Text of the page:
Inclusive education in Canada is a reality
Karin Marques I Education and Youth Program Coordinator I NADACE Open Society Fund PRAHA
When Harland Sanders began selling fried chicken, he was no different from anyone else. What turned his efforts into the famous KFC restaurant was a few small details, among them the secret ingredients of his spice mix.
What is the secret ingredient of inclusive education? It is that children with disabilities spend time together with other children – that is the magic that bears fruit in the long term, for everyone.
The basic difference in the approach to inclusive education between the Canadian system and the Czech one is that the professional support provided to a Canadian school for inclusive education is not for the pupil, but for the teacher. As Erica, a teacher in Canada, says: “If I send a pupil with problems away from my classroom to see a specialist, then I will not improve as a teacher, but if the specialist comes to me and consults with me on how I can support the pupil, I will be better prepared to aid such children in future.”
Professional support for teachers in working with diverse collectives in Canadian classrooms is provided by resource teachers employed full-time by the school. They are recruited from the ranks of experienced teachers who are natural leaders and who have several years of teaching experience.
Some are former leaders in literacy or numeracy development and some have completed courses and special training for working with pupils who have special educational needs. Their job description is to aid teachers with planning lessons so that all children in the group have something to do.
Sometimes these resource teachers co-teach with the main teacher. In the afternoon, they assess what has worked and what needs to be developed differently.
A school with 500 pupils has three resource teachers, while a school with 2 000 pupils has eight. Besides these instructors, there are also teaching assistants in some classes who do not have to meet overly demanding requirements and who are sometimes recruited from job-seekers enrolled with the Labor Office or parents involved with the school.
What does it look like when a resource teacher meets with a class teacher regarding a problematic pupil? The resource teacher asks the class teacher: How is this pupil complicating work in the classroom? What bothers you the most about this pupil? When does this happen? What are the indications that the problematic behavior is about to begin?
The teacher writes downs answers to these questions and together with the resource teacher comes up with ideas for what can be done at those moments that might trigger the pupil’s undesirable behavior. Teachers leave these meetings aware that they themselves have a problem with that particular pupil and that they can attempt the ideas or solutions discussed during the meetings.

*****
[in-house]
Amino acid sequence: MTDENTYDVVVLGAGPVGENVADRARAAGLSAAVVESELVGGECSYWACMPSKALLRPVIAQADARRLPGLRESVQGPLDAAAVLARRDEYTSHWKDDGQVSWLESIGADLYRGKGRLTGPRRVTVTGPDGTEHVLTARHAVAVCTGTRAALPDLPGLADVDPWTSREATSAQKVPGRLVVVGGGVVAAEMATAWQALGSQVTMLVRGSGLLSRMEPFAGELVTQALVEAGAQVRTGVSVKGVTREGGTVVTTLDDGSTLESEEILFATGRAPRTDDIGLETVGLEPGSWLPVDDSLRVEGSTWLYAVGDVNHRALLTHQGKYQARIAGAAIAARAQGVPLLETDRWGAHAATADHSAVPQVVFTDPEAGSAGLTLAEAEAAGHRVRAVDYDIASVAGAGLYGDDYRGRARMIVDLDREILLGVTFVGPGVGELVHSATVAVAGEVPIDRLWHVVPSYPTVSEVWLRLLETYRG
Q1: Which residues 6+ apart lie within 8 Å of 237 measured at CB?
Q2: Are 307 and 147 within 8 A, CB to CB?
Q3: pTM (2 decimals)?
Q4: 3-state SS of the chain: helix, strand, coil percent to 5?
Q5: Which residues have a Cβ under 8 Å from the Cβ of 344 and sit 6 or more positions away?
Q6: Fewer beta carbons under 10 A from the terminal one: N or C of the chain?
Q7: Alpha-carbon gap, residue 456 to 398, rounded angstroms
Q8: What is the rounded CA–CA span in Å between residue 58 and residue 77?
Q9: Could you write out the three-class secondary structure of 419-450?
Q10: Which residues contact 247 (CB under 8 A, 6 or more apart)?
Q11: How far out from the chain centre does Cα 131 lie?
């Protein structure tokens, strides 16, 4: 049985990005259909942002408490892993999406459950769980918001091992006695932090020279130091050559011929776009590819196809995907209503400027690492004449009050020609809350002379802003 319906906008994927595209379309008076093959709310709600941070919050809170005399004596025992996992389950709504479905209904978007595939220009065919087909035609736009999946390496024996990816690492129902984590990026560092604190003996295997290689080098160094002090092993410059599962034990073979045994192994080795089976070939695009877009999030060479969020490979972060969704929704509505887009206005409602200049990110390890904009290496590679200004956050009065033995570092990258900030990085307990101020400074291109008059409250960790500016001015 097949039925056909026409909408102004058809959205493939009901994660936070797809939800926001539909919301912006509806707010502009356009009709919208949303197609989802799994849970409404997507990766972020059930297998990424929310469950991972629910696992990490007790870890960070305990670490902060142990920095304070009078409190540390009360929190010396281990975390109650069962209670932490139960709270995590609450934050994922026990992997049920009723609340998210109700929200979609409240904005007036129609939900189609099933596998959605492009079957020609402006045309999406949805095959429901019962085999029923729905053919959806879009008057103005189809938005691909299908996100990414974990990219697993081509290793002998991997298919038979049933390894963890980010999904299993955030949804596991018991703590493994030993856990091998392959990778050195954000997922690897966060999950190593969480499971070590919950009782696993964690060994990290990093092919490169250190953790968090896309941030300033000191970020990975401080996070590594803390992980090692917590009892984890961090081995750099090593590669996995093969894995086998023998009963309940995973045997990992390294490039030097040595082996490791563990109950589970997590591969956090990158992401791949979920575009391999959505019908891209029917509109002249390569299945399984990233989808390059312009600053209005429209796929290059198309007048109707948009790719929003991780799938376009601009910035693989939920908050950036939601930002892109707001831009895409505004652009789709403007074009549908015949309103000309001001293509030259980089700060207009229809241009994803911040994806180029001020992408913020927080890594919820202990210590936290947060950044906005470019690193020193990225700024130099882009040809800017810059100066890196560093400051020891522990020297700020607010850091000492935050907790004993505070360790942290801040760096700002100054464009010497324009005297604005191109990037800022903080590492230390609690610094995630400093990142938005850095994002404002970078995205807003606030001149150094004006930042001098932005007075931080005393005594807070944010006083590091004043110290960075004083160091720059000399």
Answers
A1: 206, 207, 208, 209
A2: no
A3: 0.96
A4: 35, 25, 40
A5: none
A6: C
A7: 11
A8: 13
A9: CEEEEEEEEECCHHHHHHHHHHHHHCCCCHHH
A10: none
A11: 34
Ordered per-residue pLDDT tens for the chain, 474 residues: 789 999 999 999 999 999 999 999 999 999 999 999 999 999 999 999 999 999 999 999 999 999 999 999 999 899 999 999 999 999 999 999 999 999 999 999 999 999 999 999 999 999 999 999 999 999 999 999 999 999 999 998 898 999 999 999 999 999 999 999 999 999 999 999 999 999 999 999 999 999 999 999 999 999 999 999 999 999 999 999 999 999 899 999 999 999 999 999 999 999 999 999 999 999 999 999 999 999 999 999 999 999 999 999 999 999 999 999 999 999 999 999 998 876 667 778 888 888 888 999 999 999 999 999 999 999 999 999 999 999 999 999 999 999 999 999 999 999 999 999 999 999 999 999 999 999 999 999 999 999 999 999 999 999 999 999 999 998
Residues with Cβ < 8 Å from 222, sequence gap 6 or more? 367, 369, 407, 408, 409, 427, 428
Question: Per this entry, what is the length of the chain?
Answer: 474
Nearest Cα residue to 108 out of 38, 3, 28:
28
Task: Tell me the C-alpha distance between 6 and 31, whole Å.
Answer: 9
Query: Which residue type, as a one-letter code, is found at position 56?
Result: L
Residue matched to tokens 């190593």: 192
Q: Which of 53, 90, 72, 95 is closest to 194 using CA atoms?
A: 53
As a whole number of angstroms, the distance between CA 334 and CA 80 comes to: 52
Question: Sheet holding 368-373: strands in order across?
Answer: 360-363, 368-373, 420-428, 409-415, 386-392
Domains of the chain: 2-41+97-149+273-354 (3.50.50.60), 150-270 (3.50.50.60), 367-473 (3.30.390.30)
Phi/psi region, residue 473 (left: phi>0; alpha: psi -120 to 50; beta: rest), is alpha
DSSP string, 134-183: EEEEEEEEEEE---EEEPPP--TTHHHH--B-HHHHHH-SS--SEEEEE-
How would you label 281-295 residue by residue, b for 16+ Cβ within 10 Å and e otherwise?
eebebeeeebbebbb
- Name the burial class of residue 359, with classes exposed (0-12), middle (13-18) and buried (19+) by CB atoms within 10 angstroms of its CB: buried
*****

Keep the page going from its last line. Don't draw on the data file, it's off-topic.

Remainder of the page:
In Canada they are convinced that inclusion functions well when it is naturally distributed. The rule is that a school cannot accept pupils with disabilities who do not reside in a school’s catchment area.
During the 1990s, the OECD and UNESCO studied the system of inclusive schooling in the Canadian province of New Brunswick and found that it is financially efficient and functions well. Those who began the reforms to the system that led to this, naturally, were parents.
These people wanted their children to attend school in their own catchment area together with neighboring children. It was soon clear to all involved that this was not a UNESCO idea, but just the wish of these Moms and Dads.
Everyone did their best to aid these parents in making those wishes a reality. Gordon Porter, a former principal who aided the Department of Education with its inclusive reforms, recalls that the beginning was not absolutely easy, though.
Upper primary teachers were initially against inclusion, believing they were going to have to teach the same material to children who could not read, speak, or who had other problems. Once the teachers understood that it was not necessary to teach everything to such children, that they could adjust the curriculum for them, the battle was won.
With the support of the international network of the Open Society Foundations, the organizations Inclusion International and Inclusion International Canada have sponsored a five-day residency in New Brunswick for the purpose of studying inclusive education that was participated in by 11 people, predominantly representing Latin American countries. Education in New Brunswick has been inclusive for more than 25 years already.
The local government there decided to close its auxiliary classes and special schools out of respect for human rights generally and for international conventions (such as Article 47 of the International Convention on the Rights of Persons with Disabilities) because such arrangements were viewed as segregation. What we heard from city school workers, parents and teachers was that children with disabilities also belong among us.
We cannot send such children to special schools, they told us – how would they ever accustom themselves to coexistence with everyone else in our city? Instead, in the schools we heard of examples of pupils who were able to become members of society after graduating from elementary and secondary schools together with everyone else.
One girl named Marie, who has Down Syndrome, helps make sandwiches at the local bistro, and John, who has mental disabilities, folds towels at the Crown Plaza Hotel in the city center. Everyone has a place where they belong, everyone is important.